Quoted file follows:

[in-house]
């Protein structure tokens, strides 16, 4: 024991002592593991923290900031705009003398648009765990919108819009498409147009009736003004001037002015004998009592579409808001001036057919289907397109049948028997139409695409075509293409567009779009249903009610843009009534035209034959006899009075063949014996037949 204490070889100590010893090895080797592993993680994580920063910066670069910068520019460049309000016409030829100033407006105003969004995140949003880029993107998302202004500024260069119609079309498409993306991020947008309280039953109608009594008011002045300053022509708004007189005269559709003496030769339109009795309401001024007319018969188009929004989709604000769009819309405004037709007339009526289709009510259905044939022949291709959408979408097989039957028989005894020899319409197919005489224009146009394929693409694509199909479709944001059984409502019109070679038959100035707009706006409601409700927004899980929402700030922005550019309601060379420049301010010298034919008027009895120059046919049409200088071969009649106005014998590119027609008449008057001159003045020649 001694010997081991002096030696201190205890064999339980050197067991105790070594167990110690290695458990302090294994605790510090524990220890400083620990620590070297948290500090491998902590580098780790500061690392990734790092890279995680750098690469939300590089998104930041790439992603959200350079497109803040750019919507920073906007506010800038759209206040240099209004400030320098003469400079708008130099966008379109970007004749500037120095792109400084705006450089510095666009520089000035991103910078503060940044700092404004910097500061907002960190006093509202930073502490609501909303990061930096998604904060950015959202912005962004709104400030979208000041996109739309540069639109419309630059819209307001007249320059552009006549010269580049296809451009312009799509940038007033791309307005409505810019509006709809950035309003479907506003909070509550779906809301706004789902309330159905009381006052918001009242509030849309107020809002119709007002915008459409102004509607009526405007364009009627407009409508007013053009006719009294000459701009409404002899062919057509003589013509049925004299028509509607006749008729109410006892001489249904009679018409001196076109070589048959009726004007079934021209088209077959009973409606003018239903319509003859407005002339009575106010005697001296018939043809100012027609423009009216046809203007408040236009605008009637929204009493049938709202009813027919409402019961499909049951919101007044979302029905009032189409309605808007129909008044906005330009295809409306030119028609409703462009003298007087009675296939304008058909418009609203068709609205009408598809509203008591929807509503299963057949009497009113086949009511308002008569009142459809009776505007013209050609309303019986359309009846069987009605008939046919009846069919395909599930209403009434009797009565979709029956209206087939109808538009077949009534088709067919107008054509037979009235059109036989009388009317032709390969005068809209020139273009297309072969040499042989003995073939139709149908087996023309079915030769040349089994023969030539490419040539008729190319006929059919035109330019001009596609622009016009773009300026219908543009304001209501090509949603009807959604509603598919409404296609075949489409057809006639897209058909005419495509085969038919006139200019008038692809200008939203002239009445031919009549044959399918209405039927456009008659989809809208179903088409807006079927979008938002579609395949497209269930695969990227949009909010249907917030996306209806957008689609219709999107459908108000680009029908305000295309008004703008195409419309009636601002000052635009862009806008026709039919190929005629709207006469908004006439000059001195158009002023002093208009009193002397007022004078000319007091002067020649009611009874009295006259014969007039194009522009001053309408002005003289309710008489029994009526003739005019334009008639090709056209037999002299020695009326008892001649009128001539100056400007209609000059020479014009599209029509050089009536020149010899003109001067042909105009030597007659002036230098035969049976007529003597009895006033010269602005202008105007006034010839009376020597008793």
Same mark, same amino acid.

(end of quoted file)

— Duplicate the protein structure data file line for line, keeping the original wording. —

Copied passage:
[in-house]
């Protein structure tokens, strides 16, 4: 024991002592593991923290900031705009003398648009765990919108819009498409147009009736003004001037002015004998009592579409808001001036057919289907397109049948028997139409695409075509293409567009779009249903009610843009009534035209034959006899009075063949014996037949 204490070889100590010893090895080797592993993680994580920063910066670069910068520019460049309000016409030829100033407006105003969004995140949003880029993107998302202004500024260069119609079309498409993306991020947008309280039953109608009594008011002045300053022509708004007189005269559709003496030769339109009795309401001024007319018969188009929004989709604000769009819309405004037709007339009526289709009510259905044939022949291709959408979408097989039957028989005894020899319409197919005489224009146009394929693409694509199909479709944001059984409502019109070679038959100035707009706006409601409700927004899980929402700030922005550019309601060379420049301010010298034919008027009895120059046919049409200088071969009649106005014998590119027609008449008057001159003045020649 001694010997081991002096030696201190205890064999339980050197067991105790070594167990110690290695458990302090294994605790510090524990220890400083620990620590070297948290500090491998902590580098780790500061690392990734790092890279995680750098690469939300590089998104930041790439992603959200350079497109803040750019919507920073906007506010800038759209206040240099209004400030320098003469400079708008130099966008379109970007004749500037120095792109400084705006450089510095666009520089000035991103910078503060940044700092404004910097500061907002960190006093509202930073502490609501909303990061930096998604904060950015959202912005962004709104400030979208000041996109739309540069639109419309630059819209307001007249320059552009006549010269580049296809451009312009799509940038007033791309307005409505810019509006709809950035309003479907506003909070509550779906809301706004789902309330159905009381006052918001009242509030849309107020809002119709007002915008459409102004509607009526405007364009009627407009409508007013053009006719009294000459701009409404002899062919057509003589013509049925004299028509509607006749008729109410006892001489249904009679018409001196076109070589048959009726004007079934021209088209077959009973409606003018239903319509003859407005002339009575106010005697001296018939043809100012027609423009009216046809203007408040236009605008009637929204009493049938709202009813027919409402019961499909049951919101007044979302029905009032189409309605808007129909008044906005330009295809409306030119028609409703462009003298007087009675296939304008058909418009609203068709609205009408598809509203008591929807509503299963057949009497009113086949009511308002008569009142459809009776505007013209050609309303019986359309009846069987009605008939046919009846069919395909599930209403009434009797009565979709029956209206087939109808538009077949009534088709067919107008054509037979009235059109036989009388009317032709390969005068809209020139273009297309072969040499042989003995073939139709149908087996023309079915030769040349089994023969030539490419040539008729190319006929059919035109330019001009596609622009016009773009300026219908543009304001209501090509949603009807959604509603598919409404296609075949489409057809006639897209058909005419495509085969038919006139200019008038692809200008939203002239009445031919009549044959399918209405039927456009008659989809809208179903088409807006079927979008938002579609395949497209269930695969990227949009909010249907917030996306209806957008689609219709999107459908108000680009029908305000295309008004703008195409419309009636601002000052635009862009806008026709039919190929005629709207006469908004006439000059001195158009002023002093208009009193002397007022004078000319007091002067020649009611009874009295006259014969007039194009522009001053309408002005003289309710008489029994009526003739005019334009008639090709056209037999002299020695009326008892001649009128001539100056400007209609000059020479014009599209029509050089009536020149010899003109001067042909105009030597007659002036230098035969049976007529003597009895006033010269602005202008105007006034010839009376020597008793």
Same mark, same amino acid.